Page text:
The World-Changer: Steve Jobs Knew What We Needed
Steve Jobs was notoriously skeptical of the streaming music business.

On Thursday night shortly after news broke that Apple was close to acquiring Beats Electronics for a reported $3.2 billion, former Myspace and MTV executive Jason Hirschhorn tweeted, “Jimmy Iovine could sell fire to hell. Or Beats to Apple.”

As Steve Jobs famously said, “People don’t know what they want until you show it to them.”

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Apple created a market for digital music when there was none; Beats created a market for fashionable, high-end headphones that no one actually needed, but everyone coveted.

For $3.2 billion, Apple will be purchasing a team that can expertly sell headphones that cost a reported $14 to make for $200 and a billion dollar a year business with youth marketing expertise. Apple has acquired 24 companies in just the last 18 months, but this would be Apple’s biggest acquisition ever (though $3.2 billion still only accounts for 2.3% of Apple’s cash).

For some perspective: in 2013 total US Recorded music revenue was $6.996 billion and streaming music revenue in the U.S. grew 39%, generating $1.4 billion. Google bought automated home product company Nest for $3.2 billion in February while Facebook acquired the virtual reality headset company Oculus VR for $2 billion in March.

And for a comparable sum, Apple is essentially acquiring a hardware line with a young audience and high profit margin that also happens to have a music streaming service.

Depending on who you ask, this acquisition is baffling, brilliant or boring. Any many are wondering, is this something Steve Jobs would have done?

Jobs was notoriously skeptical of the streaming music business. When asked how he viewed the music subscription model in a 2004 interview with Billboard on the one year anniversary of iTunes, Jobs said:

“We have more discussions with the content owners than anyone else. This is something we’ve pursued right from day one. If for $10 a month you could put 10,000 songs on your iPod, we’d like to know about it. But you can’t, because there’s no business model that makes sense for the labels, or the subscription fees you would have to pay are ridiculous. It doesn’t matter what kind of technology we develop (…) just because you build it doesn’t mean they will come.”

Jobs echoed these thoughts in an interview with Rolling Stone in 2003, “The subscription model of buying music is bankrupt.” he said. “I think you could make available the Second Coming in a subscription model, and it might not be successful.”

Continuing, “The first record company to really understand this stuff was Warner. Next was Universal. Then we started making headway. And the reason we did, I think, is because we made predictions. And we were right. We told them the music subscription services they were pushing were going to fail. MusicNet was gonna fail. Pressplay was gonna fail. Here's why: People don't want to buy their music as a subscription. They bought 45s, then they bought LPs, they bought cassettes, they bought 8-tracks, then they bought CDs. They're going to want to buy downloads.”

And to his point, so far streaming music has had a difficult time gaining a mainstream audience in the U.S. Even with a super-bowl ad and an AT&T partnership, Label sources estimate to Billboard that the Beats Music subscriber count is in the "low six figures," others reporting around 200,000 subscribers. Spotify last reported 2 million paying subscribers in the U.S. and has yet to turn a profit. In contrast, Apple still has 800 million iTunes account holders, but digital track sales are down a staggering 12.5% in Q1 of this year.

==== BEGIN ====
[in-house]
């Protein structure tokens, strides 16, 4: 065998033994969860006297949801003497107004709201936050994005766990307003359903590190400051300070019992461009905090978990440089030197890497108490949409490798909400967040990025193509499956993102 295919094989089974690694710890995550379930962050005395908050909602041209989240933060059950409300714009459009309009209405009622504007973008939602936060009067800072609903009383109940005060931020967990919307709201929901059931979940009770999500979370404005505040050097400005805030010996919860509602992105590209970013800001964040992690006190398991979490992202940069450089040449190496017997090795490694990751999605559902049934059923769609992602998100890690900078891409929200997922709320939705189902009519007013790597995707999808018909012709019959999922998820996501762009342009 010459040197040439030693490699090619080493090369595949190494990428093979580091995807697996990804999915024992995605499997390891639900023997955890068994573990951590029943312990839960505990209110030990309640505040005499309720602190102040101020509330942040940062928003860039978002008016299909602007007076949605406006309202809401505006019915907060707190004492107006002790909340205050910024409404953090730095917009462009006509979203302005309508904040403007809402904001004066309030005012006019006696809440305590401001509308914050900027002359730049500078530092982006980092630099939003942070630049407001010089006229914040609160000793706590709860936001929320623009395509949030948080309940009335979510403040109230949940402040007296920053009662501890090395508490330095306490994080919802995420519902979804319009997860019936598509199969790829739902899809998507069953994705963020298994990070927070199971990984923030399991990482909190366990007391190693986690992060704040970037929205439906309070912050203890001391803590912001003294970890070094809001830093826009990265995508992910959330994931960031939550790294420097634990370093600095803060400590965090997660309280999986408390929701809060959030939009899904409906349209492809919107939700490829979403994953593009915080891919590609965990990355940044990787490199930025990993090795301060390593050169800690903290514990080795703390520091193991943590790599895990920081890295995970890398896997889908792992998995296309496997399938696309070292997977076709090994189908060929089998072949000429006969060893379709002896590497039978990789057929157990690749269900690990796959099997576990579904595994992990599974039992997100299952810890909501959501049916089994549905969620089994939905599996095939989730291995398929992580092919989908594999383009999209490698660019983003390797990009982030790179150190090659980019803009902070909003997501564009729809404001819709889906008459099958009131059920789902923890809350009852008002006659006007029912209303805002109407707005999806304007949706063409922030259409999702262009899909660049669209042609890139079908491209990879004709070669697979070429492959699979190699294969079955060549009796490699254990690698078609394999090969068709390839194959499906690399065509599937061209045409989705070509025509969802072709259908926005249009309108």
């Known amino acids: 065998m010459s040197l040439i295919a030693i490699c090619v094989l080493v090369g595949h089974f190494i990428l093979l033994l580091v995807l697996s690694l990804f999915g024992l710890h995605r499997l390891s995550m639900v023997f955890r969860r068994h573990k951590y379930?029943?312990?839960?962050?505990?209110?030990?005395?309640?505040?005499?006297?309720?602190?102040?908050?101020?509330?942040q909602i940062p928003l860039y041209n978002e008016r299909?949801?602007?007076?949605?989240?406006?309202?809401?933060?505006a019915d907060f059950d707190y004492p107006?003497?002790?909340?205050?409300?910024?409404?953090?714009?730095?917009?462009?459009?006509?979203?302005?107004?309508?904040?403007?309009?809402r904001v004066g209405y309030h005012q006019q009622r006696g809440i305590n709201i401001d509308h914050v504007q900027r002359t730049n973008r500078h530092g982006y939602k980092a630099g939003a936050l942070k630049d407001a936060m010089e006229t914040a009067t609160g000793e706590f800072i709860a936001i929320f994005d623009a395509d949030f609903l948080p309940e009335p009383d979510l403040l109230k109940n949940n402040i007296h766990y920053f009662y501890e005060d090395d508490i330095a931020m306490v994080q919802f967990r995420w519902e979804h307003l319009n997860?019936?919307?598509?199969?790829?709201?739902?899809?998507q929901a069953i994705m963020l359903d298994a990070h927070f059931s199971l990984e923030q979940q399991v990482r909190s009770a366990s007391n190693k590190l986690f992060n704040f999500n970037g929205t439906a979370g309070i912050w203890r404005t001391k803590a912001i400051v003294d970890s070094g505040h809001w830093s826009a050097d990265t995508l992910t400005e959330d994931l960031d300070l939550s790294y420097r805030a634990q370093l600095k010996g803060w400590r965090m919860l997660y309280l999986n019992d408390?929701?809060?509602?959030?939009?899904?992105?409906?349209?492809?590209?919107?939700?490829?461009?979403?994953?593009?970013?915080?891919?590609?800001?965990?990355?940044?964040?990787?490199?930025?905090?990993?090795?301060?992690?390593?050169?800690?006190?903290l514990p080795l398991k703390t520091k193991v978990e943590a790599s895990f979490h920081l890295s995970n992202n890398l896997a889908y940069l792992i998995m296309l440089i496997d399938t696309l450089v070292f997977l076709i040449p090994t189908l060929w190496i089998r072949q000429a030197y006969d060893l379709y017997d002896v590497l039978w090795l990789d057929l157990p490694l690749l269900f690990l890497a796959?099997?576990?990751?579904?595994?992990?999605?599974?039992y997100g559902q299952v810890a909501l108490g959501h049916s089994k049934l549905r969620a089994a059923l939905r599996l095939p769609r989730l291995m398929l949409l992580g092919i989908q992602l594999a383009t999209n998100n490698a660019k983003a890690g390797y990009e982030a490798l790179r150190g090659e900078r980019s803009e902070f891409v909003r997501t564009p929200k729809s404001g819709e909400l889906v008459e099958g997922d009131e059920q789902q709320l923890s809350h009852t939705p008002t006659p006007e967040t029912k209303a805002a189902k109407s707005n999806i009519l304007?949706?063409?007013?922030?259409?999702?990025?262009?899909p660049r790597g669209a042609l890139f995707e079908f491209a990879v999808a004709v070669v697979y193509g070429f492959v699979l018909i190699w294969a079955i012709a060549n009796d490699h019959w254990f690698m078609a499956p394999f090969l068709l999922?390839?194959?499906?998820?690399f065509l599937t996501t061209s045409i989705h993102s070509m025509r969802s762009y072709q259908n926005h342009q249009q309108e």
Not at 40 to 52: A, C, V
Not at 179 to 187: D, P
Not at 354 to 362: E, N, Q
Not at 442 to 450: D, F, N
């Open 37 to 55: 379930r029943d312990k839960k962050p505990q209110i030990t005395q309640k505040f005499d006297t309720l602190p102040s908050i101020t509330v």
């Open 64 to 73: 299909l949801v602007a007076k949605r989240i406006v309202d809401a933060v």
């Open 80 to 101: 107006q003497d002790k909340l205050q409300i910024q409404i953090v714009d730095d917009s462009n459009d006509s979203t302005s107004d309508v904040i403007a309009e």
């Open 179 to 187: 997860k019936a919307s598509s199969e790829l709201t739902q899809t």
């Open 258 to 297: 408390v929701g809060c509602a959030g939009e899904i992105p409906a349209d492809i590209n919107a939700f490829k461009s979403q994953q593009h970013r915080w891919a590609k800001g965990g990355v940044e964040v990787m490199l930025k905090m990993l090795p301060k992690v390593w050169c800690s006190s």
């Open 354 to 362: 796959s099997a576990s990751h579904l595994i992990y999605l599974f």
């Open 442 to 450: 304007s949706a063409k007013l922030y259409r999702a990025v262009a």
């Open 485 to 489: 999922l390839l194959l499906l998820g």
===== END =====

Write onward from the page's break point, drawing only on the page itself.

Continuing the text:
In 2011, Hirchhorn described a meeting with Steve Jobs to Cnet, “I give him my views on the future of music, and I was always big on subscription services. He listened and then he said, "Jason, you seem like a nice guy, but your ideas are all wrong."

Iovine explained a similar experience to Inc. magazine, “I’ve been meeting with Apple about subscriptions since 2004. Every two months. I think they’re an incredible company, and I wanted them to do subscriptions.”

"Steve Jobs was the first to marry technology directly with popular culture. I thought, 'Wow, technology is the new artist.' They're making a beautiful white object with all the music in the world in it, I'm going to make a beautiful black object that will play it back,” Iovine says.

In the same interview with Inc. Dr. Dre adds, "Apple was selling $400 iPods with $1 earbuds. 'Man, it's one thing that people steal my music. It's another thing to destroy the feeling of what I've worked on.”

In an interview with All Things D, Iovine said, “Steve called me in once. He said, “You know something, you should feel really good. You’re the only guys from software that ever built a piece of hardware successfully.” That means that we can be the guys who cracked this code as well. Because we live in both worlds. We’re actually arguably better at this than at hardware. You know why they call it hardware? It’s really hard.”

Music has never really been the product—consumers buy containers. Whether that’s a turntable, iPod, wireless speaker or a pair of cool looking headphones: It’s the hardware that's coveted most.

In the early 2000's, dancing silhouette TV commercials and iconic white earbuds made owning a $399 iPod fashionable. Over a decade later, the concept of paying $10 a month for access to all of the worlds recorded music just isn't that exciting or cool to teens who grew up with YouTube.

If anyone can make wearables or subscription music services coveted and cool to a mainstream audience, it’s the combination of Jimmy Iovine and Apple. The ability to sell people what they don’t know they want—perhaps that is what is worth the $3.2 billion. And perhaps, too, Jobs would have realized this.